Olympus' new owner is about to buy Toshiba for AU$21.5 billion. Who's next?

Toshiba TC7000
(Image credit: Toshiba)

In a fascinating move, the investment firm that bought Olympus' camera business is about to buy electronics giant Toshiba as well. 

Japan Industrial Partners (JIP) purchased the Olympus Imaging Division in January 2021, and continues to operate it under the name OM Digital Solutions. The firm has now announced a $14 billion (approximately £11 billion) offer to purchase Toshiba – which, among its many operations, continues to make industrial cameras and imaging technology (and, until 2019, was a distributor for Canon). 

Toshiba hasn't made consumer cameras for some time; it ceased producing point-and-shoot cameras some 20 years ago, with Sony buying its image sensor business in 2015. However, it has fingers in many technology pies – including semiconductors, quantum storage, business displays, televisions, printing, digital solutions, railway solutions, energy and hybrid technology… as well as a very rich research & development ecosystem (including a highly respected research lab in Cambridge). 

Intriguingly, Toshiba is a company that has been plagued by public scandal following very high-profile accounting fraud (which saw the prosecution of five senior executives, among them a pair of former company presidents). This is a similar situation to the tarnished reputation of Olympus, again following a public case of accountancy fraud, which led to it being purchased by JIP. 

So what is the takeaway here, aside from the fact that JIP seems to love buying companies rocked by financial scandals? 

One of Toshiba's last consumer cameras, the Toshiba PDR-M700 (Image credit: Amazon)

Well, the main thing is that the best Olympus / OM System cameras probably won't benefit from Toshiba technology. This is not, after all, a merger; JIP is a firm that specializes in rescuing embattled or failing companies (among them carving out Sony's Vaio computer business), but it does not have a history of cross-pollinating them. 

That said, given that Toshiba does have specialist imaging divisions, it's possible that these might be somehow merged with OM Digital – perhaps at the R&D phase, if nowhere else. It may also, conceivably, open up Toshiba's patent library if anything is relevant to the OM business. 

Any cooperation between the two companies would be a boon for OM Digital; to have its consumer camera business shored up by the industrial camera business is sure to be a welcome development.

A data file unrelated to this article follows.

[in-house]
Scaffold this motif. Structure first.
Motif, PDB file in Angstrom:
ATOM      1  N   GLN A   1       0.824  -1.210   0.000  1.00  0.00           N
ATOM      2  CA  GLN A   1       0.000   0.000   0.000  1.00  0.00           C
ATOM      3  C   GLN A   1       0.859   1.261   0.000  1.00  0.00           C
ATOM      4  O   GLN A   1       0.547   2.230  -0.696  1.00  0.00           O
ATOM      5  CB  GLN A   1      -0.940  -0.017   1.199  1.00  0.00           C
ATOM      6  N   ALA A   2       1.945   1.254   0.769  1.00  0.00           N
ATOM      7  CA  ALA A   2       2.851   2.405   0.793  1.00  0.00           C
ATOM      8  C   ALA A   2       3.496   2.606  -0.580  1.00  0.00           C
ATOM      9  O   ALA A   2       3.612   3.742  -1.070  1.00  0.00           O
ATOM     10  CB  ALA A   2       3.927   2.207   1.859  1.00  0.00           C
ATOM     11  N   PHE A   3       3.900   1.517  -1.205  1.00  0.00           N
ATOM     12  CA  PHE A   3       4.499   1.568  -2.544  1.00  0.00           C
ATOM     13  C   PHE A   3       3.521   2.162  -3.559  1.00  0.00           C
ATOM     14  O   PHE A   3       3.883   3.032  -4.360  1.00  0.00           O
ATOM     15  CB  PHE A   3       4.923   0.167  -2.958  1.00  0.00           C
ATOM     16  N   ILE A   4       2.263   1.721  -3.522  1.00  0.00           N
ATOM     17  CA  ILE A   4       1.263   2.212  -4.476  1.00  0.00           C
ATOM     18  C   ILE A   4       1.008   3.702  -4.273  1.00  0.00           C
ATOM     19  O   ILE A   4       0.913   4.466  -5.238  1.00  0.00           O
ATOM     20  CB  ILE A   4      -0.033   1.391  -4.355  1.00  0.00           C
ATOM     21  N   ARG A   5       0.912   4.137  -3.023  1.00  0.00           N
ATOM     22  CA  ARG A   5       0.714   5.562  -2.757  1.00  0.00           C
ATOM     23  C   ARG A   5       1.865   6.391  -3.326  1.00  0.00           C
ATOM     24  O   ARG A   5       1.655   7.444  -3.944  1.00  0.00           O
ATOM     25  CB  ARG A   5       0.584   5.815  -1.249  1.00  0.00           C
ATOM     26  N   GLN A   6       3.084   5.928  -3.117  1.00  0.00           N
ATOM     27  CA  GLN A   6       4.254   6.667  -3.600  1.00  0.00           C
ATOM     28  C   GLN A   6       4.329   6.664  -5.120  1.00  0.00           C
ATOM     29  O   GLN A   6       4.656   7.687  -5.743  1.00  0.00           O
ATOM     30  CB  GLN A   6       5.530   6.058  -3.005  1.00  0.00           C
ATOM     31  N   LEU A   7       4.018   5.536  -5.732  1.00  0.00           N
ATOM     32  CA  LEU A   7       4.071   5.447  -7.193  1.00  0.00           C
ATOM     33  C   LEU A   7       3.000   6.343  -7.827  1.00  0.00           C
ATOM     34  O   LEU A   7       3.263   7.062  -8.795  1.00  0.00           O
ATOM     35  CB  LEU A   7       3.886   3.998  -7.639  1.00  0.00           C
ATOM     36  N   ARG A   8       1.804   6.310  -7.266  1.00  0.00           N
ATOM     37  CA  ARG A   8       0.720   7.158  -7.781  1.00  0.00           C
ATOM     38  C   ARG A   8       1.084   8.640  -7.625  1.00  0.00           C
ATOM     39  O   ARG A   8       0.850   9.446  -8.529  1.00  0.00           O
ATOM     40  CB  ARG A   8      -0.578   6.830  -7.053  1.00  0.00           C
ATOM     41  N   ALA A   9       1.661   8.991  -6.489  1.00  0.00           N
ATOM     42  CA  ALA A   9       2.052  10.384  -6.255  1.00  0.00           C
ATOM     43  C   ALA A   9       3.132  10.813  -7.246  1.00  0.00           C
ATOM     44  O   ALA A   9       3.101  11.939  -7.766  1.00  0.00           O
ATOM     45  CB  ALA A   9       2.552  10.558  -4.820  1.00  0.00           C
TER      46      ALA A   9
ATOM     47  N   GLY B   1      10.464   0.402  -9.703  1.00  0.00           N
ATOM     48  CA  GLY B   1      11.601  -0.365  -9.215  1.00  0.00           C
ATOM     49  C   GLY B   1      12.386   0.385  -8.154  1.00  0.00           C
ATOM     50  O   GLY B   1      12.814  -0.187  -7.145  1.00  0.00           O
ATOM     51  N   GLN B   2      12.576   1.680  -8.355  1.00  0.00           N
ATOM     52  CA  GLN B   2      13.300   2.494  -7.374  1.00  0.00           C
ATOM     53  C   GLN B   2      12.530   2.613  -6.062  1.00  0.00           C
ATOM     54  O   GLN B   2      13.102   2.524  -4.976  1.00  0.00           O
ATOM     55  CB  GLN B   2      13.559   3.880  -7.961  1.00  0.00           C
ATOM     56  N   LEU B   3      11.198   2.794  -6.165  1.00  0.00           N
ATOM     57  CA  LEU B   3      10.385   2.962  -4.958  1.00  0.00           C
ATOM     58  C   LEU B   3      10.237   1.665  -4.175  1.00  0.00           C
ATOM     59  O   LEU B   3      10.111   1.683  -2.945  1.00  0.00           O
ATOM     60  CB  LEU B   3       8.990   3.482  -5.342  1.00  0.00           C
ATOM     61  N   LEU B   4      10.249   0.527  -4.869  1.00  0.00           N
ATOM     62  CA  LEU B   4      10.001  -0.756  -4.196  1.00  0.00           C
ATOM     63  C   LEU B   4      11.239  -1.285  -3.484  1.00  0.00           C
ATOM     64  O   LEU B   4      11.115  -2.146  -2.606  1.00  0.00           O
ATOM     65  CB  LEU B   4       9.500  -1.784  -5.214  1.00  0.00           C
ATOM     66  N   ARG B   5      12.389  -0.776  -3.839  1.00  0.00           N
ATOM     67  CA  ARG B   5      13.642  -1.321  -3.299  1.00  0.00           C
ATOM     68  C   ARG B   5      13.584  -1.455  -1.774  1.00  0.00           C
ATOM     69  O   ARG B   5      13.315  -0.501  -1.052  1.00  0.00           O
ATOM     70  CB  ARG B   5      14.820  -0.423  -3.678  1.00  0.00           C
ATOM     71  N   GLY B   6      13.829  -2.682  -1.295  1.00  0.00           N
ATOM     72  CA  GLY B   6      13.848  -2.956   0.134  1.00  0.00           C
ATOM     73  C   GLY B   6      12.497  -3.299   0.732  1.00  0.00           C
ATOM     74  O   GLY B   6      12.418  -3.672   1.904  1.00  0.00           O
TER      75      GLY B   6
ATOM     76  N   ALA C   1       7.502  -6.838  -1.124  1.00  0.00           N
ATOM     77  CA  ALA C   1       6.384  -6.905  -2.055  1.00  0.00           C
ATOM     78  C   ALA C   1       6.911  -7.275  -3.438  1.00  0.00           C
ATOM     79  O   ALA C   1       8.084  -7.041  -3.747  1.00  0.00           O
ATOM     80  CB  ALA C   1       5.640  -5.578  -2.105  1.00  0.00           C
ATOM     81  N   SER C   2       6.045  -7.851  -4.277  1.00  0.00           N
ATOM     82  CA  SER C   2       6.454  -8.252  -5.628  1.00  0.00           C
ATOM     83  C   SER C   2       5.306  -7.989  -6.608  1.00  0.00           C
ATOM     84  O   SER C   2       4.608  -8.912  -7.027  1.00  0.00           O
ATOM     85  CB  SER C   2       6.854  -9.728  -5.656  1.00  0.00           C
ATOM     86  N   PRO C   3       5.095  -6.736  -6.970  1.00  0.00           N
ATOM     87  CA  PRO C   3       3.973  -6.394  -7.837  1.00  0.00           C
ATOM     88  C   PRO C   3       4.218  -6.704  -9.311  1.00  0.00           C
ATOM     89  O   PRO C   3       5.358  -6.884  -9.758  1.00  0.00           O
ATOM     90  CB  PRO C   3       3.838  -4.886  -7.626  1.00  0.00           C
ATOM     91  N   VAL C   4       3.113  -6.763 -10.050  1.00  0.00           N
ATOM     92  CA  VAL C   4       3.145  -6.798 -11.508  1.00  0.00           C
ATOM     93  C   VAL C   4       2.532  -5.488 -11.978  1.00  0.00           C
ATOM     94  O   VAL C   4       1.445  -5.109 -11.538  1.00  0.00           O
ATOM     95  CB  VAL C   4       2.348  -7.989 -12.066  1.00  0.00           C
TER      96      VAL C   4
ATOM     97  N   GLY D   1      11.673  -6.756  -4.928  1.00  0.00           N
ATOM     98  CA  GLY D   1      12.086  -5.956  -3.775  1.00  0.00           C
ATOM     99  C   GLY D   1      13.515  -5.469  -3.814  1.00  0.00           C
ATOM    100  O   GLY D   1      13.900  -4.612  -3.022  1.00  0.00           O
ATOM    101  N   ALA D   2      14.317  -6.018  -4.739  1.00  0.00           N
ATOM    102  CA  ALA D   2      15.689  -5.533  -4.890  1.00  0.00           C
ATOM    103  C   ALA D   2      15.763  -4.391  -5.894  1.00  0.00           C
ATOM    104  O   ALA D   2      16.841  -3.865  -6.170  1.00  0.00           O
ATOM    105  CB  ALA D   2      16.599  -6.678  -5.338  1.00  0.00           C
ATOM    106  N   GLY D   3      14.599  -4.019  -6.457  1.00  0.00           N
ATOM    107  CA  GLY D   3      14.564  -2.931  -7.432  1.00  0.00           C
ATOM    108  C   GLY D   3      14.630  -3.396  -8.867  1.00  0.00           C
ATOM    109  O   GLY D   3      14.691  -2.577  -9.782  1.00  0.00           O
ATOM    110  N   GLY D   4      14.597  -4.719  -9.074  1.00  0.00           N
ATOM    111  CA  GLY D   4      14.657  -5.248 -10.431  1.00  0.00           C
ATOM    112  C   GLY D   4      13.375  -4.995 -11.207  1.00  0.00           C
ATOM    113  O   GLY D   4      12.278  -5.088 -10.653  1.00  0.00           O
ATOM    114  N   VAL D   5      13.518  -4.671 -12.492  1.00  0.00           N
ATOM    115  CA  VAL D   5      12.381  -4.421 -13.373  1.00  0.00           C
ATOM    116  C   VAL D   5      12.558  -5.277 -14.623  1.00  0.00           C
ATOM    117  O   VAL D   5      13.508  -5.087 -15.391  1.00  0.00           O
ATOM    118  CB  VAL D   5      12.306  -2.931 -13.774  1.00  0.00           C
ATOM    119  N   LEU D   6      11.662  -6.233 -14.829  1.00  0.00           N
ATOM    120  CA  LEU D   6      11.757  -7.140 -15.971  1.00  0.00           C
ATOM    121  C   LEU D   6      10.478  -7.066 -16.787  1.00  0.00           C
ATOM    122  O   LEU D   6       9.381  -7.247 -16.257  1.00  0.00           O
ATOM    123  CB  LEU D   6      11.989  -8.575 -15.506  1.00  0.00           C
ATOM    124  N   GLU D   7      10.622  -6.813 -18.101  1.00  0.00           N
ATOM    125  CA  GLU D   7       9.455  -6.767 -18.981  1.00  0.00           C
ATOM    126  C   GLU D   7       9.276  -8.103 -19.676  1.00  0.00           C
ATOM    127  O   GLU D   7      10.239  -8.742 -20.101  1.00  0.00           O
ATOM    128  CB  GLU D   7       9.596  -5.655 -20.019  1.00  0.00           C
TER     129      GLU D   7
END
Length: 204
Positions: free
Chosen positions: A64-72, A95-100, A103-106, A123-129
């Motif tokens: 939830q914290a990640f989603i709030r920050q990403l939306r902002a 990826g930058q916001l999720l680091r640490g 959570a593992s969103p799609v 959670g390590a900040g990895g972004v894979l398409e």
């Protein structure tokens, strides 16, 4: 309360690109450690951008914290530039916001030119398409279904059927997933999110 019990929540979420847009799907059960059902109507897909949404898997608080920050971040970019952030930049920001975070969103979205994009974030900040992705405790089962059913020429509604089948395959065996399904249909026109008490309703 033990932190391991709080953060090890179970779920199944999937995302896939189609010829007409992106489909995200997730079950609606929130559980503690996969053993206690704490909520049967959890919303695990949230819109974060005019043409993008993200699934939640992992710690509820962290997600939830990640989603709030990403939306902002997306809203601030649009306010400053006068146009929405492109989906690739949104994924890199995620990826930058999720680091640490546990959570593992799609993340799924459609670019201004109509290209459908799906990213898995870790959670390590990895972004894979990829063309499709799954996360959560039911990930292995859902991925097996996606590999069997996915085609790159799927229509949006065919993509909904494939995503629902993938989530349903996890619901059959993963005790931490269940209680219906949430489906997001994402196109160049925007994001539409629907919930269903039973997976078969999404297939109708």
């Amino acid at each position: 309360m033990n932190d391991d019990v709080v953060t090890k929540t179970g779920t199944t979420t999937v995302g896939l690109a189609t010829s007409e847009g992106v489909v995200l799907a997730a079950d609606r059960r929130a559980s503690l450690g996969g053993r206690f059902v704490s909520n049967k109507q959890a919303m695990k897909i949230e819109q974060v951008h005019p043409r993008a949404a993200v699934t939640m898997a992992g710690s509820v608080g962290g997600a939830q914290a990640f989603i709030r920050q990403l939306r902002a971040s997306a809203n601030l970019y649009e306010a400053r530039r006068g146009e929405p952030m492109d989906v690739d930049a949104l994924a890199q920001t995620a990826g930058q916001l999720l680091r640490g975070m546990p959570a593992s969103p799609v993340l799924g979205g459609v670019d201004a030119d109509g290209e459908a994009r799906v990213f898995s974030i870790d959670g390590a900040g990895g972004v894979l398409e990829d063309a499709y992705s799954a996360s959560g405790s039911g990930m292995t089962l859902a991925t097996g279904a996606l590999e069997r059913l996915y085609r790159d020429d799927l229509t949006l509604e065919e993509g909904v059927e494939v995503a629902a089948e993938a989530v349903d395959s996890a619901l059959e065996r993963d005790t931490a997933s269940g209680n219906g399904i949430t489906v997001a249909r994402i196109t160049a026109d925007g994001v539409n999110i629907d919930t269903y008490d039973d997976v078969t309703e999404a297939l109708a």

As far as who JIP might have its sights set on next… well, if Ricoh's imaging division (which includes Pentax) wasn't in such rude health, we'd say that would be a good candidate (though Ricoh's latest financial report noted that its "camera business remains strong"). 

(Image credit: Toshiba)

Other than that, there aren't currently any obvious contenders – unless Nikon wanted to shift some of its imaging partners (though, like Ricoh, its latest financials are on the up). 

Chairperson Akihiro Watanabe asked shareholders to back the proposal, saying it is the only option for Toshiba Corp. to return to its former strength.

"This move for Toshiba is great not only for Japan but also for the world," said Chairperson Akihiro Watanabe, according to an AP report. In asking shareholders to support the buyout, they noted it is the only chance Toshiba has to return to its former glory. "I have faith in the revival of Toshiba."

With the company's 150th anniversary on the horizon, it will be an interesting couple of years for Toshiba – and, perhaps, for OM Digital as well. 

Toshiba continues to produce cameras and imaging solutions for industry (Image credit: Toshiba)

Toshiba probably isn't going to compete for the best mirrorless cameras any time soon, but perhaps it make moves into other optical areas like the best borescopes

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James Artaius

The editor of Digital Camera World, James has 21 years experience as a journalist and started working in the photographic industry in 2014 (as an assistant to Damian McGillicuddy, who succeeded David Bailey as Principal Photographer for Olympus). In this time he shot for clients like Aston Martin Racing, Elinchrom and L'Oréal, in addition to shooting campaigns and product testing for Olympus, and providing training for professionals. This has led him to being a go-to expert for camera and lens reviews, photo and lighting tutorials, as well as industry news, rumors and analysis for publications like Digital Camera MagazinePhotoPlus: The Canon MagazineN-Photo: The Nikon MagazineDigital Photographer and Professional Imagemaker, as well as hosting workshops and talks at The Photography Show. He also serves as a judge for the Red Bull Illume Photo Contest. An Olympus and Canon shooter, he has a wealth of knowledge on cameras of all makes – and a fondness for vintage lenses and instant cameras.